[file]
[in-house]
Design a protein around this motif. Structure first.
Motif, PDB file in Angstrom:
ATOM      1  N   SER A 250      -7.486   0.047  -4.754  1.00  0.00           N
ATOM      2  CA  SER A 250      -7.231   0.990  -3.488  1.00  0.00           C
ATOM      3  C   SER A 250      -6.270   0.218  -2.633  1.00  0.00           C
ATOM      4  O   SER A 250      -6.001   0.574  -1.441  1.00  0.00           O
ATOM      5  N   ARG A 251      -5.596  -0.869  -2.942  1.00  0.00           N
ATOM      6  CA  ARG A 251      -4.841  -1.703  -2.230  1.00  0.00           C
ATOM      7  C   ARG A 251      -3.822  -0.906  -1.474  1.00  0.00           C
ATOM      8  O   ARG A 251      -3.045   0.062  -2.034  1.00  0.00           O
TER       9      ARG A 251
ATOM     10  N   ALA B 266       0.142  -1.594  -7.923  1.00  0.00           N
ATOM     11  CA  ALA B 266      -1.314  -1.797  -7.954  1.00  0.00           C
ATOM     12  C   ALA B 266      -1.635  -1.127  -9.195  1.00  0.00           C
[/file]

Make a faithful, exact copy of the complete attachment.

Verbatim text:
[in-house]
Design a protein around this motif. Structure first.
Motif, PDB file in Angstrom:
ATOM      1  N   SER A 250      -7.486   0.047  -4.754  1.00  0.00           N
ATOM      2  CA  SER A 250      -7.231   0.990  -3.488  1.00  0.00           C
ATOM      3  C   SER A 250      -6.270   0.218  -2.633  1.00  0.00           C
ATOM      4  O   SER A 250      -6.001   0.574  -1.441  1.00  0.00           O
ATOM      5  N   ARG A 251      -5.596  -0.869  -2.942  1.00  0.00           N
ATOM      6  CA  ARG A 251      -4.841  -1.703  -2.230  1.00  0.00           C
ATOM      7  C   ARG A 251      -3.822  -0.906  -1.474  1.00  0.00           C
ATOM      8  O   ARG A 251      -3.045   0.062  -2.034  1.00  0.00           O
TER       9      ARG A 251
ATOM     10  N   ALA B 266       0.142  -1.594  -7.923  1.00  0.00           N
ATOM     11  CA  ALA B 266      -1.314  -1.797  -7.954  1.00  0.00           C
ATOM     12  C   ALA B 266      -1.635  -1.127  -9.195  1.00  0.00           C